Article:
Critical Link: Western HVDC & wind in the BM
In a previous chart of the week (Bootstrap Bill: Western Link HVDC & BSUoS) in May 2019 we explored the relationship between BSUoS charges and the availability of the Western Link HVDC.
The link suffered a fresh unplanned outage on 10 January, which caused it to remain offline until 8 February. This prompted Ofgem to launch an investigation into National Grid Electricity Transmission and Scottish Power Transmission over the delivery and operation of the cable. In this Chart of the Week we look at the relationship between the link availability and the behaviour of wind in the Balancing Mechanism (BM).
The most recent outage on the link coincided with record high levels of wind generation in Great Britain with generation from transmission connected wind topping 6.3TWh. However, with 2.2GW of the HVDC capacity unavailable, significant volumes of wind output had to be constrained to protect system integration.
This is highlighted in the chart, which shows that the volume of wind bids accepted in the BM classified as system actions hit a record high of 429.8GWh in January. Bids are instructions from National Grid to reduce output and system actions are those taken for wider system needs, such as constraints, on the physical network, rather than simply balancing energy supply and demand.
As a result, the cost incurred through the BM of turning down wind output also hit a record high of £30.9mn.These costs have been calculated by multiplying the £/MWh bid payment requested by the wind generators for turning down with the MWh volume of such actions.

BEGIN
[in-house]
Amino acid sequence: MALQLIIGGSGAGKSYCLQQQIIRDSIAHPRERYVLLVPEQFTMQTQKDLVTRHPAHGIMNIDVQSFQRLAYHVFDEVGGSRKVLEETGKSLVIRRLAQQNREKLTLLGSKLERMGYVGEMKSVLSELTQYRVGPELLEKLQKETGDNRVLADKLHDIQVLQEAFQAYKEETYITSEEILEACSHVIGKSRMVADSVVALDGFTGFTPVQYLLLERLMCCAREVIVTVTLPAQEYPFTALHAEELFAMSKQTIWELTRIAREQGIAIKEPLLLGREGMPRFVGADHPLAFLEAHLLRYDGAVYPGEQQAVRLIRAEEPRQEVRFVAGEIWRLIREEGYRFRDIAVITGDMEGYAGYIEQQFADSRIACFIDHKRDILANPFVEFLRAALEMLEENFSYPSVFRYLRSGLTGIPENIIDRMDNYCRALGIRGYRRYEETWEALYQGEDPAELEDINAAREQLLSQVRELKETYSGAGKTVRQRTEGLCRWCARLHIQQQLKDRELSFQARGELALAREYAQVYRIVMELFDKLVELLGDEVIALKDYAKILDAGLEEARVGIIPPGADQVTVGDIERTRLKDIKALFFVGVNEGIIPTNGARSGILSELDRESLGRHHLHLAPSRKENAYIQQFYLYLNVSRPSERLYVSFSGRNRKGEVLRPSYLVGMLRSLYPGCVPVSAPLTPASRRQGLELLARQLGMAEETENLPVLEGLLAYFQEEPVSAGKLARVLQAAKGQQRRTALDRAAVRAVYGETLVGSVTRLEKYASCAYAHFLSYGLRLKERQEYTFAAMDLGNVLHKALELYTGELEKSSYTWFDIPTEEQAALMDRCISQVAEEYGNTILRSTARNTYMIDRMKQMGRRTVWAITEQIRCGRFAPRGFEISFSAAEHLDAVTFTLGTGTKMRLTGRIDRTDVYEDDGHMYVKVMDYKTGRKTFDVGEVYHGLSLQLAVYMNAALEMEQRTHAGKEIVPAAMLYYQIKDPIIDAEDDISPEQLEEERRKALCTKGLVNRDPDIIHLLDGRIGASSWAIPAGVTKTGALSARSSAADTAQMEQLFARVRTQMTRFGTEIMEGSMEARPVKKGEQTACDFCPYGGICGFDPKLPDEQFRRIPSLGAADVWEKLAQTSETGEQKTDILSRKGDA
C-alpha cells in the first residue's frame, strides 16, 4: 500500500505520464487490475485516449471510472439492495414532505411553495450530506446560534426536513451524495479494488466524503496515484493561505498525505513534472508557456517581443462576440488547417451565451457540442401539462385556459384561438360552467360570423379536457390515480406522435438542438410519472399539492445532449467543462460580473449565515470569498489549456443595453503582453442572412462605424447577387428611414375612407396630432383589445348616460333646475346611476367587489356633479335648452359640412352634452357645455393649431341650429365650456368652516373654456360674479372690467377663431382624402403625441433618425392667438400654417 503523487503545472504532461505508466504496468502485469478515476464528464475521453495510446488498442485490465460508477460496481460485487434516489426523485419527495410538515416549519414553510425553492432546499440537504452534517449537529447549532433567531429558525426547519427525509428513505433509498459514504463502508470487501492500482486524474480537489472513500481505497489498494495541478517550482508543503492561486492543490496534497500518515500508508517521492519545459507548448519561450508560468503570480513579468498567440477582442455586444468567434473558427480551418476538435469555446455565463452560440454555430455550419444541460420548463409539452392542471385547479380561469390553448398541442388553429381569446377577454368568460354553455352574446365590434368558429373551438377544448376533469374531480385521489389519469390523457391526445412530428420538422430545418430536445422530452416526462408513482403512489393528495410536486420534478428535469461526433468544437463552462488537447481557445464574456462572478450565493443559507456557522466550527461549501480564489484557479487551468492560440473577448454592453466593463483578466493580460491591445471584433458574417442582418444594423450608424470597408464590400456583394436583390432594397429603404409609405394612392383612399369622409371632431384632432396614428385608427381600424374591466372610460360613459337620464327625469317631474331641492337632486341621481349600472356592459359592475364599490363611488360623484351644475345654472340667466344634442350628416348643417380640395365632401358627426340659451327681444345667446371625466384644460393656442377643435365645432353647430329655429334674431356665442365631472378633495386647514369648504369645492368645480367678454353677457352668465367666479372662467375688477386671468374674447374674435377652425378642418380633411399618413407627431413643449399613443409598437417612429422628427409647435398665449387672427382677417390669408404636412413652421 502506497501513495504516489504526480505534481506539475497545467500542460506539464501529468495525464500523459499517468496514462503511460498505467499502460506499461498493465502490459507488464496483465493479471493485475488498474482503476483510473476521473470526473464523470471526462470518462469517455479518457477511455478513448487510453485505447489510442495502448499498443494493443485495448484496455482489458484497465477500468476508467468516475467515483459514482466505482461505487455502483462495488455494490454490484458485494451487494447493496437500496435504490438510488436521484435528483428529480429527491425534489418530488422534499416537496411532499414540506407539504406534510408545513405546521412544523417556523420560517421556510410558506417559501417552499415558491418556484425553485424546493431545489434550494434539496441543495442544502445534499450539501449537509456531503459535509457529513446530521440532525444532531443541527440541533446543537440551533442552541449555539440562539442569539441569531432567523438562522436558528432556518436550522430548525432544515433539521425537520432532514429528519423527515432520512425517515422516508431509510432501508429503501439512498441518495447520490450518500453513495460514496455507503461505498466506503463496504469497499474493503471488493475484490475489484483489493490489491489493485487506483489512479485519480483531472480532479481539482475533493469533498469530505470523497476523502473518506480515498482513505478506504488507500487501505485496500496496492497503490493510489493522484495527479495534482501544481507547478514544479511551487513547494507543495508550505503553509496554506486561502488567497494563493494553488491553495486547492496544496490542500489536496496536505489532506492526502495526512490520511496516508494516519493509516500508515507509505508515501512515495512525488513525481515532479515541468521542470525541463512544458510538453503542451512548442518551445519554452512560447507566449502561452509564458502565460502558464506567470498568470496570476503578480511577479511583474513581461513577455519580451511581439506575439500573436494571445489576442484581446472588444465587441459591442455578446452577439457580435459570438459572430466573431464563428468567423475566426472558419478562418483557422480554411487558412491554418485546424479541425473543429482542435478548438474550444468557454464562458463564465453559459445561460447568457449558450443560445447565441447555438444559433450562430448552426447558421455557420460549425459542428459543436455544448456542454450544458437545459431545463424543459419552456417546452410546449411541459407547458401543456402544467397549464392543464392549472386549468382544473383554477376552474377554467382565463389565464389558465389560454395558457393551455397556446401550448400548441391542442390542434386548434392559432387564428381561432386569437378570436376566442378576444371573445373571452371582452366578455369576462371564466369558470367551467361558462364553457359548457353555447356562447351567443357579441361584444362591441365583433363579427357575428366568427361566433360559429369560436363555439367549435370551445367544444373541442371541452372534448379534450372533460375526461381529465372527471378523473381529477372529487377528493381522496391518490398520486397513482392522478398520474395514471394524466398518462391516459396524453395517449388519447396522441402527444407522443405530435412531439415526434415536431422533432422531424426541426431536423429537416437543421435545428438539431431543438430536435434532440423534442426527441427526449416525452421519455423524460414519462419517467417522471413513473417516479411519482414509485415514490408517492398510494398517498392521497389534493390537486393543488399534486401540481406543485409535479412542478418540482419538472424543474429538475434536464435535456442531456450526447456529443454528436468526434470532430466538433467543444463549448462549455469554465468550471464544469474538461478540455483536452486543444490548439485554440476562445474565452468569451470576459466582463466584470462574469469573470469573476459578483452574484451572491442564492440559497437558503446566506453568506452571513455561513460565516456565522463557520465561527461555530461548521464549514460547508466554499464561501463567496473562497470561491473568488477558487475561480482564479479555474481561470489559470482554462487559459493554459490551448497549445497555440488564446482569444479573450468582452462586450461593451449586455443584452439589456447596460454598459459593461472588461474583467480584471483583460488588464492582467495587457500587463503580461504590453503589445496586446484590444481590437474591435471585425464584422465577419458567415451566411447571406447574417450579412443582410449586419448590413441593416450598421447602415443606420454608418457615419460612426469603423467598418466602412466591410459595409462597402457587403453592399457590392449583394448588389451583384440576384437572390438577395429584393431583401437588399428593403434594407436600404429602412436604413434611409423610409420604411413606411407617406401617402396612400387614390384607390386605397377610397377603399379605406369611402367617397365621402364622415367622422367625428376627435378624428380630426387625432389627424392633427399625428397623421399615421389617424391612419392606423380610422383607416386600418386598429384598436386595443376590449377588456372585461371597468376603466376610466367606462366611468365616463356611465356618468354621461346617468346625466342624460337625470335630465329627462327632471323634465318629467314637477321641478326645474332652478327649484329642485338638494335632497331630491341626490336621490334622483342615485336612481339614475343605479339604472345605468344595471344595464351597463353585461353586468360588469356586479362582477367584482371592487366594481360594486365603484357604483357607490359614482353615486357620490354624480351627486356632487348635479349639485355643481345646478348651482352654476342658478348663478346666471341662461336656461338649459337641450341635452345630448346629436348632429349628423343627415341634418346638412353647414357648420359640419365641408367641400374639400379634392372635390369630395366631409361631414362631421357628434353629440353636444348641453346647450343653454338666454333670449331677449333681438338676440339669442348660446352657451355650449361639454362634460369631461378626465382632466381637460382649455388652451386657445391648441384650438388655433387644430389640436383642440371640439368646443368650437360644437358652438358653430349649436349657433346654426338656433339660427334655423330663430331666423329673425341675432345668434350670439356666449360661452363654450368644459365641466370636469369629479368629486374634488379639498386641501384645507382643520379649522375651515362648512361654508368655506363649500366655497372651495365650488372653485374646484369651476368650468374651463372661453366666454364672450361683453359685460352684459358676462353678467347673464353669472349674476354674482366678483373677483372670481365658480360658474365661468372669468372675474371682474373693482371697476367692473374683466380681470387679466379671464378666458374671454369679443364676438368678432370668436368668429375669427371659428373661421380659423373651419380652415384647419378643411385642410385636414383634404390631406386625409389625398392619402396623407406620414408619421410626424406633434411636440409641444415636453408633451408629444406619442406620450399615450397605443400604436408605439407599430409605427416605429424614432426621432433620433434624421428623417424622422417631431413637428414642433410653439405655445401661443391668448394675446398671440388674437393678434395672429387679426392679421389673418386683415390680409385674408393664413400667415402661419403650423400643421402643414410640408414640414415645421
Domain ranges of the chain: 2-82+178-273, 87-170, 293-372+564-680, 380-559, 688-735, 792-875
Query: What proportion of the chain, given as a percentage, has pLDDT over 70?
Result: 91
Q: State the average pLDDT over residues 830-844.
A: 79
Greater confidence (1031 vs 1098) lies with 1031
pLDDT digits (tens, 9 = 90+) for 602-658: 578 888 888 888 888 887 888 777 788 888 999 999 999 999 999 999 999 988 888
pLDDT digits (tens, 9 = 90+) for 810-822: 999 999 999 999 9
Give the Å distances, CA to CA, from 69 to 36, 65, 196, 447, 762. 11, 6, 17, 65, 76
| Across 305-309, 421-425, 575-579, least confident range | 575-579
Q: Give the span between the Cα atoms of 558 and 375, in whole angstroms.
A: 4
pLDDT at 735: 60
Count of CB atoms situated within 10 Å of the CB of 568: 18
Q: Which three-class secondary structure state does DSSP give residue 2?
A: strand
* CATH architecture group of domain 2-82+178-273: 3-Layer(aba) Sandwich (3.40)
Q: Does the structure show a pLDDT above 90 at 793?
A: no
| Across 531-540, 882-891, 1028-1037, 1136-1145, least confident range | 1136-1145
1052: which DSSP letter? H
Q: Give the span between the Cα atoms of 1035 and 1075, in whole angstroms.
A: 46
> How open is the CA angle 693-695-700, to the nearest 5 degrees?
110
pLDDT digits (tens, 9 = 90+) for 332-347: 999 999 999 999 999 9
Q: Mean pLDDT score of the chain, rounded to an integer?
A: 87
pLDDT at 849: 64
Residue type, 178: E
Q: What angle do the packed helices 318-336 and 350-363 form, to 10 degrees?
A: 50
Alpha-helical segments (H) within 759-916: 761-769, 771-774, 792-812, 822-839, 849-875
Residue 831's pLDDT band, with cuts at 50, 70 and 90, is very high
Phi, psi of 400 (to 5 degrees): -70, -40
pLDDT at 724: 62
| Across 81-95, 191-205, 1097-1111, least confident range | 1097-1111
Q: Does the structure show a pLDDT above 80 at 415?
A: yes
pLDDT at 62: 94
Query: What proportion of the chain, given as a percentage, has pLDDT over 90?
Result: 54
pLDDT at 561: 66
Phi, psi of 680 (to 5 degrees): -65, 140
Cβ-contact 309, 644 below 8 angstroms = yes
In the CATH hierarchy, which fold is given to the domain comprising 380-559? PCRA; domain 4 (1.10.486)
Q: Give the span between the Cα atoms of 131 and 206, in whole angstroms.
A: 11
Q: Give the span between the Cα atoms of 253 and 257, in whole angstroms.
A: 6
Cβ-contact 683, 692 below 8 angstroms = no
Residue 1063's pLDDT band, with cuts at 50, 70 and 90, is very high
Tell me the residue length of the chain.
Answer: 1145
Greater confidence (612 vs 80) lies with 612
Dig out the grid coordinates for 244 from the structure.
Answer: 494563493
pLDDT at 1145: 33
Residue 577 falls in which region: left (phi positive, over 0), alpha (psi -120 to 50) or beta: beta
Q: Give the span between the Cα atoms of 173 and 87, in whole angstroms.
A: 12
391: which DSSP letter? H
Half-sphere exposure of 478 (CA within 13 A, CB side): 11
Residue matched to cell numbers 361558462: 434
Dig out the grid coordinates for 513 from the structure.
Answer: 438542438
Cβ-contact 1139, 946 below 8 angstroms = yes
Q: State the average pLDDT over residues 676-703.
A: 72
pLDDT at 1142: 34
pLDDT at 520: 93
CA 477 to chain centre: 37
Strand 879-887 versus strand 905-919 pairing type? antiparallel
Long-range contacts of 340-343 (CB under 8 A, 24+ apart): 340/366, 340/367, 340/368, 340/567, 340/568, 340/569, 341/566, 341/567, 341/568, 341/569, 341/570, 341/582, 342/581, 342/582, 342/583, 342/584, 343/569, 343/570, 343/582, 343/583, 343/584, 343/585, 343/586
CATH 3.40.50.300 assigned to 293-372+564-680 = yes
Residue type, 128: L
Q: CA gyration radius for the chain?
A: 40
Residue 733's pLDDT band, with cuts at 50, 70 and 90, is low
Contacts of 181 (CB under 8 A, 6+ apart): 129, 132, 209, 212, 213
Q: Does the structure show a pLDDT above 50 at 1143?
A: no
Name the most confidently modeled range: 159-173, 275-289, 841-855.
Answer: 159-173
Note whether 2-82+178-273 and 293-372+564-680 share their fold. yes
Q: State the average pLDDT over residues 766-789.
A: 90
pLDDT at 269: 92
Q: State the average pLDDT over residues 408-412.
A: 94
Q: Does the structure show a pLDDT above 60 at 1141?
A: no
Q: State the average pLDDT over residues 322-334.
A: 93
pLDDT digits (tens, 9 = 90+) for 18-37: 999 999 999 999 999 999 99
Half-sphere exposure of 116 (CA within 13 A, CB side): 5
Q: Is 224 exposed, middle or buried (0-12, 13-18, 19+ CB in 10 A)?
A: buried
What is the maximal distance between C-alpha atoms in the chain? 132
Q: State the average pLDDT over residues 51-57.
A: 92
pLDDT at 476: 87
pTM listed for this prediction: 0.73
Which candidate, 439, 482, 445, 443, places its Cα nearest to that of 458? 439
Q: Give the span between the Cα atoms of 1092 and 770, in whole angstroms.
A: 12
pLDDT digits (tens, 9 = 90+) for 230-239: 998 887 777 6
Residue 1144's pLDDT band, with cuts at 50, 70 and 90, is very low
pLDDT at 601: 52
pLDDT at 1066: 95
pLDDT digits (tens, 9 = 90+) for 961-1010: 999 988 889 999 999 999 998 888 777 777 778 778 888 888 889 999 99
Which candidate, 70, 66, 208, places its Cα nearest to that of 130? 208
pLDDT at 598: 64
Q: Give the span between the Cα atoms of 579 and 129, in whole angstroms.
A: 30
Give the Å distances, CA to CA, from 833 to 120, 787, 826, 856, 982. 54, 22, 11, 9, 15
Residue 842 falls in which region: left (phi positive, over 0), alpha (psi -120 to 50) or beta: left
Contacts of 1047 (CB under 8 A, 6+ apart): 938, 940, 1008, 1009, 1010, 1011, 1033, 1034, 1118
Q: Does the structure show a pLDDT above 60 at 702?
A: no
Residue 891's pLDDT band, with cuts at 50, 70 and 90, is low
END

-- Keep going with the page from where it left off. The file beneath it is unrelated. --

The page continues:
Wind farms only receive subsidy payments when generating and therefore price lost subsidy into their bids.
The impact of the link’s availability can also be seen when looking at the difference in the volume of wind generation constrained in December 2019 and January 2020. Like January, December saw (at the time) record high wind output of 5.6TWh. However, with the Western Link available in December, the volume of wind bids classified as system actions on the BM was significantly lower at 247.1GWh.
As more onshore wind develops, especially in Scotland, in the coming years the problems of constraints will need to continue to be actively managed.
Our Balancing Mechanism Service tracks developments in the BM through our Monthly Webinar, Data Pack and Daily Summary. Please contact email@example.com for details.